The focus of my research is in biodiversity genomics, and I am interested in understanding the evolutionary processes that generate and maintain genetic and phenotypic diversity in natural populations, and across evolutionary timescales. This encompasses field and collections based studies of reptile and amphibian systems in ecosystems spanning tropical forests in Southeast Asia and Mexico, and deserts in western North America. In these systems, I work on quantifying biodiversity in biological communities and identifying how it is shaped by evolutionary processes. Because much of my research relies on the use of genomic data, I am also interested in how well statistical phylogenetic and population genetic models fit empirical datasets, and identifying the ways in which we can improve them to make the inferences we draw under them more reliable.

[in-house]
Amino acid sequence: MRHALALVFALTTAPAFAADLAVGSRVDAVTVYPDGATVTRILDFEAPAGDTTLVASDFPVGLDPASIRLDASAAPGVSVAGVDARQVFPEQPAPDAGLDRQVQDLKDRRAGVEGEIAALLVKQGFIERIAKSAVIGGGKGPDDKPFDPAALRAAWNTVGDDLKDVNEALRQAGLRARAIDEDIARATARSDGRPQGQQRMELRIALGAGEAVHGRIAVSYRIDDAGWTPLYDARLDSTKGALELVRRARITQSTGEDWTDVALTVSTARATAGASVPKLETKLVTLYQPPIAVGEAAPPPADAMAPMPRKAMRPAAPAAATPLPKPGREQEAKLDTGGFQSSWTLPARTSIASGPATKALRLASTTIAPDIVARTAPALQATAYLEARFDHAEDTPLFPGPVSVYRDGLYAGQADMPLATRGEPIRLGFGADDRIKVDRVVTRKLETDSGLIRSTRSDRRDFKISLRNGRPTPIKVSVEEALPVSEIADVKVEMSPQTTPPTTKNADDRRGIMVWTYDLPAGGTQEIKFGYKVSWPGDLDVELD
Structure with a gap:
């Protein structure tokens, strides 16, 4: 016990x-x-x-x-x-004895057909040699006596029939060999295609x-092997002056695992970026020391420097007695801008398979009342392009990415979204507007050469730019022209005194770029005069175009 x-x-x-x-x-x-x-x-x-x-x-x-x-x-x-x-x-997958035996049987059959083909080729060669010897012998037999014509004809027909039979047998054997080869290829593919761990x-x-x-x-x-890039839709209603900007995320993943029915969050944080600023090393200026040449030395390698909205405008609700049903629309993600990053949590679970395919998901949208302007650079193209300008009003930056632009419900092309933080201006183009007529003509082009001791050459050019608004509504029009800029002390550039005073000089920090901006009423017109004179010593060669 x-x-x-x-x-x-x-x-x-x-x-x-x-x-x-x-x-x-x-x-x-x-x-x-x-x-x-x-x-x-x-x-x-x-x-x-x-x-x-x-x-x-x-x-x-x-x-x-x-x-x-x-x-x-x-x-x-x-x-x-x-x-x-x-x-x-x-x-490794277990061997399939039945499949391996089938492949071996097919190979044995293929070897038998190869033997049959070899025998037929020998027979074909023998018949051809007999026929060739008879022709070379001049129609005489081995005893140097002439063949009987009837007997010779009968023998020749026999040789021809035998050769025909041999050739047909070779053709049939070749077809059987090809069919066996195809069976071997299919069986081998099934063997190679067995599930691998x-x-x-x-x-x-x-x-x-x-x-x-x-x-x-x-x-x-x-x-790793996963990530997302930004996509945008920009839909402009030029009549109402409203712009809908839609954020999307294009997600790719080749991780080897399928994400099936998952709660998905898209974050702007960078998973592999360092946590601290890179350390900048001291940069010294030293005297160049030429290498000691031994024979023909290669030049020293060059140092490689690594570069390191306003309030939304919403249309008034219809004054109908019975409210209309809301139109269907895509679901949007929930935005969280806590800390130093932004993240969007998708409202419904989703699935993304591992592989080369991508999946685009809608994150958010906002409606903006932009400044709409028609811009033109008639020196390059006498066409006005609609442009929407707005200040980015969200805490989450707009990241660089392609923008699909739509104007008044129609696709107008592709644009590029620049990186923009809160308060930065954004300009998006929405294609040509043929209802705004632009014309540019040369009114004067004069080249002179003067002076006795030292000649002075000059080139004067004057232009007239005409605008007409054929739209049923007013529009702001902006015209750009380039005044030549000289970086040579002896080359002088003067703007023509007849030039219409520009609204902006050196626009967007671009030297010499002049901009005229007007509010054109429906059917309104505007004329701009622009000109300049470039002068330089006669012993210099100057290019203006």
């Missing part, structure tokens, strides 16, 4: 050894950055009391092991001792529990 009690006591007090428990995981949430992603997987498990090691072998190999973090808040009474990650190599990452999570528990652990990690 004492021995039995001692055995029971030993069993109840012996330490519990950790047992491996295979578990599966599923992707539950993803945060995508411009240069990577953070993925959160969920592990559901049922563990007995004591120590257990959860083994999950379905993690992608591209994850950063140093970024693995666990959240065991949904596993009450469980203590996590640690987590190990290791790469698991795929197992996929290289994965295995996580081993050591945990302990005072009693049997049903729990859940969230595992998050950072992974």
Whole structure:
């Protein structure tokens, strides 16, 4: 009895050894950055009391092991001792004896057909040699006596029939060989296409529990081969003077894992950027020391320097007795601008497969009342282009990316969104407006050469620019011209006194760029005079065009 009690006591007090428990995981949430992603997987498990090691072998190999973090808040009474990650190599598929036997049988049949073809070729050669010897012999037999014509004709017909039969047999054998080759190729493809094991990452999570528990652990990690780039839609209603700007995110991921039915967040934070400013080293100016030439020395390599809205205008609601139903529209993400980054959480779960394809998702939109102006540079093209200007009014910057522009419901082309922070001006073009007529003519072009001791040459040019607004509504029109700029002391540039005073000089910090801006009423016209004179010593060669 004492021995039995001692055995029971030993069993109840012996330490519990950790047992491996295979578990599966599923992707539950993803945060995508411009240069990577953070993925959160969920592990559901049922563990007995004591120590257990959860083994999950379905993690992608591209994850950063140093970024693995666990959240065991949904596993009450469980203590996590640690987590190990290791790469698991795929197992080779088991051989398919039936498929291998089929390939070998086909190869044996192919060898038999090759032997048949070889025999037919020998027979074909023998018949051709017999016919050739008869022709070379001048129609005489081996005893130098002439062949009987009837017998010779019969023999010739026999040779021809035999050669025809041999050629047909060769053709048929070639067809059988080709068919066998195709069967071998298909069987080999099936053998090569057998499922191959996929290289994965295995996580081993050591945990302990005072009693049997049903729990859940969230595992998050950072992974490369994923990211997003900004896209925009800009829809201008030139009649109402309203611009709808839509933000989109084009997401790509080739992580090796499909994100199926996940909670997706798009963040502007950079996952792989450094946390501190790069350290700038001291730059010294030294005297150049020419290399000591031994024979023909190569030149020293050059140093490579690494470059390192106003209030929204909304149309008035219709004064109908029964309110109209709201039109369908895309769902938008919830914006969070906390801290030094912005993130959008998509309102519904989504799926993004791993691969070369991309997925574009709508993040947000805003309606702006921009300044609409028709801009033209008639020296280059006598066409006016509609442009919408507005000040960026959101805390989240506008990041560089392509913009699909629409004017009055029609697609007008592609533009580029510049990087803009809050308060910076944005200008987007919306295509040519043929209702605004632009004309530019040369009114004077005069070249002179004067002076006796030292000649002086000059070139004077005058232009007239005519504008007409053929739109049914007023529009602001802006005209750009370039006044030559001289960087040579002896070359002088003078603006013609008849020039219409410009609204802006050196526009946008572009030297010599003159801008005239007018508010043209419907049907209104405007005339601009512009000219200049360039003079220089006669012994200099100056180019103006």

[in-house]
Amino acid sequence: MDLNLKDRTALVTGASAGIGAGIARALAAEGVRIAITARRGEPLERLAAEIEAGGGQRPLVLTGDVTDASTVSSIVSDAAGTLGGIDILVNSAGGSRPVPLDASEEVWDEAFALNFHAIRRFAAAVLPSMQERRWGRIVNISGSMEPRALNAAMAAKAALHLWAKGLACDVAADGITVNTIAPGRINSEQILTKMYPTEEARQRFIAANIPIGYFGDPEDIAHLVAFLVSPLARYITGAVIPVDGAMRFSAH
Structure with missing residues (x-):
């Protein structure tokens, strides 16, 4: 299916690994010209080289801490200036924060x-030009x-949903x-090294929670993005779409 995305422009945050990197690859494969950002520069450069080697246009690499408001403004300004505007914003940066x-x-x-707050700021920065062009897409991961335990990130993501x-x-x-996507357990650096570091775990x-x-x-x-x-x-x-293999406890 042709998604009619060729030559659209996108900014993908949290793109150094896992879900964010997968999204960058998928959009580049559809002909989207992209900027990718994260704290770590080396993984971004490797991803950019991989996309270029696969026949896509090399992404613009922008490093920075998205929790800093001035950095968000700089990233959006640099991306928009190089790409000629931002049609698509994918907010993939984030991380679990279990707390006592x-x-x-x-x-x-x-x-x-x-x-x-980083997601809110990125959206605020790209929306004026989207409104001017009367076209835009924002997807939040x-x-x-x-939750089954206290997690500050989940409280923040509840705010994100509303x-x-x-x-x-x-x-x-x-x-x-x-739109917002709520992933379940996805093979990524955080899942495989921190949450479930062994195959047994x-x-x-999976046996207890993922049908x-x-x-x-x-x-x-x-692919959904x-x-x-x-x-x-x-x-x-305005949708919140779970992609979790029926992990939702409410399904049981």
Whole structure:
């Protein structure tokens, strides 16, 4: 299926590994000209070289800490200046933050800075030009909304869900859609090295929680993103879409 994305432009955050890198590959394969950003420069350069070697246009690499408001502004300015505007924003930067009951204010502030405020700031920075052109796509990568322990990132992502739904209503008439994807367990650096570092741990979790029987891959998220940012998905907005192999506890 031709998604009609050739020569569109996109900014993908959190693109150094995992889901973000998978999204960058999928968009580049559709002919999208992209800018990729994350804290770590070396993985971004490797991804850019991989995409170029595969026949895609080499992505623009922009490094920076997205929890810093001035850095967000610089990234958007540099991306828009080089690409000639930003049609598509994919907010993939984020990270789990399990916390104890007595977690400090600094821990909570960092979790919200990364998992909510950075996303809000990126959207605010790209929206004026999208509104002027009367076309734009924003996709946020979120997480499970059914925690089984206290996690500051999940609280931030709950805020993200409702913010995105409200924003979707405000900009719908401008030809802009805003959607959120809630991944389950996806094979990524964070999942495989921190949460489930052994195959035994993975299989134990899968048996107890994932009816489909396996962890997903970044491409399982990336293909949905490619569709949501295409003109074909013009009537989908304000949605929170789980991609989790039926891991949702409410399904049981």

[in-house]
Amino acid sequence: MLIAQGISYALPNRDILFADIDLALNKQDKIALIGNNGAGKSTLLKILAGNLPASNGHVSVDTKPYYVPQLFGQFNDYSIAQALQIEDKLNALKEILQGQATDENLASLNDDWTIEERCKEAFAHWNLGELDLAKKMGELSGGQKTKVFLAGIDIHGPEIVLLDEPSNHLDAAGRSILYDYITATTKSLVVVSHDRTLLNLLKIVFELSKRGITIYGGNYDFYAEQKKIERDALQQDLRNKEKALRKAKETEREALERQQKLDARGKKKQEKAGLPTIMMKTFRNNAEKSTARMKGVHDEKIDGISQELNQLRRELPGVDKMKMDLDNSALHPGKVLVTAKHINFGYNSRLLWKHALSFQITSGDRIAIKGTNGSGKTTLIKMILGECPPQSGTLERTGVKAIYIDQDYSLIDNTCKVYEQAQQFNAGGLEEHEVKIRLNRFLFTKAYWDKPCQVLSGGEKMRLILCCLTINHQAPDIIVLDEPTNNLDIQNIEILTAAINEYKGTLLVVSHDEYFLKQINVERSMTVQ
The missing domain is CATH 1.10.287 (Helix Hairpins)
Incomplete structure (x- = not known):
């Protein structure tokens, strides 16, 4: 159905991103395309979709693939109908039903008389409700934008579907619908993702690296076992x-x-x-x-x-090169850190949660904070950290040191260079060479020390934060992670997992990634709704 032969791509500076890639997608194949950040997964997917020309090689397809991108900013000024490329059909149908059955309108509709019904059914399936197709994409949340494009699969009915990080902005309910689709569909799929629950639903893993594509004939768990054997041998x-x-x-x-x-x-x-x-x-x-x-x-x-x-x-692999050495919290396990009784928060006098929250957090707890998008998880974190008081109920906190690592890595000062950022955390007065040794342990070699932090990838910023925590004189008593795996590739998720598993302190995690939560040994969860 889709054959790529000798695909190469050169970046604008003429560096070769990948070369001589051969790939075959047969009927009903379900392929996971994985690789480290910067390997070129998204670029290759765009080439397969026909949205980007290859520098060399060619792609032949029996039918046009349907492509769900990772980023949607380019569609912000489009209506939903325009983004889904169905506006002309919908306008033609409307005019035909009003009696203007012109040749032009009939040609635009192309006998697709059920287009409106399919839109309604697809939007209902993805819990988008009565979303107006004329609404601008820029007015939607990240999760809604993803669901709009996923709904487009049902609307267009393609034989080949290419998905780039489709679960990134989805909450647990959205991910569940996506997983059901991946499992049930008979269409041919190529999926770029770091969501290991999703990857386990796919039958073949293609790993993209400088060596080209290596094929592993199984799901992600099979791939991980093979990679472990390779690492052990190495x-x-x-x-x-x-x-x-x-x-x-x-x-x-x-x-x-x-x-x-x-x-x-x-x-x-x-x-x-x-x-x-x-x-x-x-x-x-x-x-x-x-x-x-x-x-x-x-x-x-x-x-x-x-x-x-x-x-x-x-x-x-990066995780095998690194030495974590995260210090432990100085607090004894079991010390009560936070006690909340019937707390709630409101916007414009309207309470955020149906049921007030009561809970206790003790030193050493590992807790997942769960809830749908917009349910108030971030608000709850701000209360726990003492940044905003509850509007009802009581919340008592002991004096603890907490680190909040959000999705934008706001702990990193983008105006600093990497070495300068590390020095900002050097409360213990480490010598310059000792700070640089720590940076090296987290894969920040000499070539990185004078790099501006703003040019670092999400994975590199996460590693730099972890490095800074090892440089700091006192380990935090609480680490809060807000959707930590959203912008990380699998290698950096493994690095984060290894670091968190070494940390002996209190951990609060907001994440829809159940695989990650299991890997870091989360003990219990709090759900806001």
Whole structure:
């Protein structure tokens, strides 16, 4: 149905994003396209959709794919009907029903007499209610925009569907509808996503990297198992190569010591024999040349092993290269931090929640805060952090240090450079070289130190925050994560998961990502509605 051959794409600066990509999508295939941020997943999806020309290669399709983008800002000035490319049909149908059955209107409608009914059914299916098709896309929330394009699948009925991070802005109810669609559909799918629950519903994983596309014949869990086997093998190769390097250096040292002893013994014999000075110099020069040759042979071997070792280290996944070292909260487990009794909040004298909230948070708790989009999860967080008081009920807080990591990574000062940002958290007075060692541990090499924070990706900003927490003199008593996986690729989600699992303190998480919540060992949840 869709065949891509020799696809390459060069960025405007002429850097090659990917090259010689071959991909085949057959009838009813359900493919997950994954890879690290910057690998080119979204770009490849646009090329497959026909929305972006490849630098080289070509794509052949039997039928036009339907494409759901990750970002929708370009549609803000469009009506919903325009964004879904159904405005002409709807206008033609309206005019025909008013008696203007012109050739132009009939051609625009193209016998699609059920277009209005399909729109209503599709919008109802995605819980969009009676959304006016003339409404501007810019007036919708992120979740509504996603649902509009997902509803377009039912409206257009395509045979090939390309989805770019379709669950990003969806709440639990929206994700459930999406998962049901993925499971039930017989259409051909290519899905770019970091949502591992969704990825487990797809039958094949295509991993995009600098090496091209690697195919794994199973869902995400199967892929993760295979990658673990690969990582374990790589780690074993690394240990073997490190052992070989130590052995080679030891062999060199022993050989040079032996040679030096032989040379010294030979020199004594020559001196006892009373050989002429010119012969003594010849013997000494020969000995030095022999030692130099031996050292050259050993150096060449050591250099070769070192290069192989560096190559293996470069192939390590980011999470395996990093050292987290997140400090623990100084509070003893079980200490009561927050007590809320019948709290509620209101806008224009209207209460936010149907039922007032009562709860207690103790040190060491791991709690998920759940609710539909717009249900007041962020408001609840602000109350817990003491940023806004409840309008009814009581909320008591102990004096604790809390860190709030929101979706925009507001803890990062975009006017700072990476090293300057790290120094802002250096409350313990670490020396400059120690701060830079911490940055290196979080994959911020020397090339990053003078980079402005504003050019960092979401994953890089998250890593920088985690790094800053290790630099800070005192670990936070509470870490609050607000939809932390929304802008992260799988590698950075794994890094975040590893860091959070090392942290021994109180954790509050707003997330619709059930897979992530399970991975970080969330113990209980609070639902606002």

As an organismal and field biologist, I am deeply interested in natural history and applications of my research to conservation biology. My background includes work in wildlife and conservation biology with the California Department of Fish and Wildlife, the U.S. Forest Service, and U.C. Davis. My current research is focused on elucidating patterns of hybridization and diversification in whiptail lizards in order to develop a framework for understanding sex evolution and the impact of gene flow on speciation in this system.